Update on the Red Cross Controversy

Fellow blogger Eric Holdeman and I have been concerned with all of the criticism that Red Cross has received in recent months, primarily from Pro Publica. In an effort to get a more balanced account of what has occurred, he sought out Sr. Vice President Harvey Johnson to respond.

See: The Red Cross Responds to Disasters — and the Critics. Senior Vice President Harvey Johnson discusses the mission and the criticism.

Thanks to Eric for this citation.

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6 Responses to Update on the Red Cross Controversy

  1. Harry B Kellogg says:

    Most crisis management plans stess openness and honesty as one of the major points in recovering your brand. American Red Cross needs to heed this advice.

    The board should take public responsibility for their disastrous choices. Healy and Thompson failings were predictable.

    For -Profit trained, “hard charging” and aggressive individuals will rarely be able to make the transition to a non-profit mindset and be able to adapt. The bottom line for a voluntary organization is it’s Mission Statement and not it’s earnings.

    The board of directors set Healy and Thompson up for failure. In reality it was the board that failed and this should be the focus of any initial actions. Those responsible for twice hiring applicants with the exact opposite skills, training and temperament needed, should resign after donating very large amounts of money.

  2. Harry B Kellogg says:

    Most crisis management plans stess openness and honesty as one off the major points in recovering your brand. American Red Cross needs to heed this advice.

    The board should take public responsibility for their disastrous choices. Healy and Thompson failings were predictable.

    For -Profit trained, “hard charging” and aggressive individuals will rarely be able to make the transition to a non-profit mindset and be able to adapt. The bottom line for a voluntary organization is it’s Mission Statement and not it’s earnings.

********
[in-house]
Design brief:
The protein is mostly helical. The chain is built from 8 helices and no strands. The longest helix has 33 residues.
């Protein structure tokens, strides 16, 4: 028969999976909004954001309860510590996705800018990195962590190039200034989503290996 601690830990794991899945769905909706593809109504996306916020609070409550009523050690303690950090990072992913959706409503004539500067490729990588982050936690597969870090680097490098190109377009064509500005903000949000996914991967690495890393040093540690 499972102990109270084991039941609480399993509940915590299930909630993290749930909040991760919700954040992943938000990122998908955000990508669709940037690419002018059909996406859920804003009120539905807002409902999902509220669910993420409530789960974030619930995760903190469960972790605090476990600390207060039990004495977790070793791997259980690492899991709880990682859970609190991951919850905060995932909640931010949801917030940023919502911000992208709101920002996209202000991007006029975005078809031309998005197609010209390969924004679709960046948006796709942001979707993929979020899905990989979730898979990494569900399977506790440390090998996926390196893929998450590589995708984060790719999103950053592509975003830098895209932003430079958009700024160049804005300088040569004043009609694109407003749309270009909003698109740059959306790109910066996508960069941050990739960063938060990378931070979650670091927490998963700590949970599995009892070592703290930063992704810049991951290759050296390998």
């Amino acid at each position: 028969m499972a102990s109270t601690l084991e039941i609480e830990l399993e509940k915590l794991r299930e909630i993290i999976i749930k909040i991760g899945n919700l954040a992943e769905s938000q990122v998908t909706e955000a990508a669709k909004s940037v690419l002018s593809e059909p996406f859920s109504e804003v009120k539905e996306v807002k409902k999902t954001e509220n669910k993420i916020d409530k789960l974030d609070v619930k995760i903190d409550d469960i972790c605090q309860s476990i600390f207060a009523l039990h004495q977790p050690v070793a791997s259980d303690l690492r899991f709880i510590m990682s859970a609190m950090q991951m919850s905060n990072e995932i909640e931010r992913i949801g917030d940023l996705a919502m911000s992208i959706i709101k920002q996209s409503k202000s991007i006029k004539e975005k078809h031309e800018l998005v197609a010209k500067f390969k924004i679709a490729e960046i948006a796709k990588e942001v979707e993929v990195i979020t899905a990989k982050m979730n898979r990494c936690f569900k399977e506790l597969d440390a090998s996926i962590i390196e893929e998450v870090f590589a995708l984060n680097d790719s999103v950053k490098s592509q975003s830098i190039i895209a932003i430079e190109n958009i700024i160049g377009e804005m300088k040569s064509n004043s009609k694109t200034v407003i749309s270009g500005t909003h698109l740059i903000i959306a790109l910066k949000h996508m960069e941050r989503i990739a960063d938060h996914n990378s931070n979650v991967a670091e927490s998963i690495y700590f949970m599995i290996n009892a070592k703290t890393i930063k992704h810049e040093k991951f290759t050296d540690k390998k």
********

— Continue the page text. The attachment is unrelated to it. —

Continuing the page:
The board of directors set Healy and Thompson up for failure. In reality it was the board that failed and this should be the focus of any initial actions. Those responsible for twice hiring applicants with the exact opposite skills, training and temperament needed, should resign after donating very large amounts of money.

  3. Based on my experience here in South Carolina during Matthew, I’d say the situation is closer to ProPublica than Johnson. Our local high school had been designated as a shelter for evacuees from Savannah and the Low Country well before the storm. The day the evacuees started to arrive an urgent call went out for towels and toiletries. Kind of puts the lie to Johnson’s statement that they were trying to have supplies ready. People on the ground seemed to do a good job – back office: not so much.

  4. Joseph Martin III says:

    Having read the article cited, I think the title is misleading, unless I happened to miss something. Neither the questions asked of Mr. Johnson, nor his responses, directly address recent criticisms of ARC. I think the truth and reality of the situation lies somewhere between ProPublica’s scathing reports and ARC’s head-in-the-sand-everything-is-pretty-darned-good-and-look-at-all-the-great-things-we-do spin.

  5. RDale says:

    It’s unfortunate to see how this organization has fallen in recent years. They used to have such a stellar reputation – but maybe people were just taking them at their word and not doing a thorough investigation like PP?

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